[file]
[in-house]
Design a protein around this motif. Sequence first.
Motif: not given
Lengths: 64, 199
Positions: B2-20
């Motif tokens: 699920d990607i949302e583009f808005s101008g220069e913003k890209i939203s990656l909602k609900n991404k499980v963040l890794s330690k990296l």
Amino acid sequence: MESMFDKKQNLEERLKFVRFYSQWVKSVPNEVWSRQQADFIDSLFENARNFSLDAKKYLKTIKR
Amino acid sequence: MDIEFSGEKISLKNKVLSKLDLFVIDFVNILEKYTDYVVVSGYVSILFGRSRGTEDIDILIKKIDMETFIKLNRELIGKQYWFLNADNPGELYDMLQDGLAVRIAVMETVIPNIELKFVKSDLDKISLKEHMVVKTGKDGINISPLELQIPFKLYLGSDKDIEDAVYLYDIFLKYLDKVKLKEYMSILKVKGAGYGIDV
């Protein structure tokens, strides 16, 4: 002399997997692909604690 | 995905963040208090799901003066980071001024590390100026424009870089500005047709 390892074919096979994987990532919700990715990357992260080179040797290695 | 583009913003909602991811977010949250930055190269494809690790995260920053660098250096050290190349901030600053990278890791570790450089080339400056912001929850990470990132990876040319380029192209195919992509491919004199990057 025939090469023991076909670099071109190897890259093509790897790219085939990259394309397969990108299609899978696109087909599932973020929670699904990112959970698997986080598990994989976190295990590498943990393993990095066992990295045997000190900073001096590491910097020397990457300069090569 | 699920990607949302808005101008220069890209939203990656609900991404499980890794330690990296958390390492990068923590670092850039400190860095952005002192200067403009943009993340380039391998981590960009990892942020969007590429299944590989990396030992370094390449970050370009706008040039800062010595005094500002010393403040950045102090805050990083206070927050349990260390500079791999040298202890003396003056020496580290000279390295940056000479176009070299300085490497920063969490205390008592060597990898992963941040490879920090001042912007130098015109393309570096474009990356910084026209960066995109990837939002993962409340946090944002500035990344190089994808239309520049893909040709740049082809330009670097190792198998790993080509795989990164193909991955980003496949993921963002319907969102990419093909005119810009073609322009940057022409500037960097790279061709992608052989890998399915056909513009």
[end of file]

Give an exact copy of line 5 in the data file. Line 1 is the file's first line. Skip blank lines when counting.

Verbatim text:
Positions: B2-20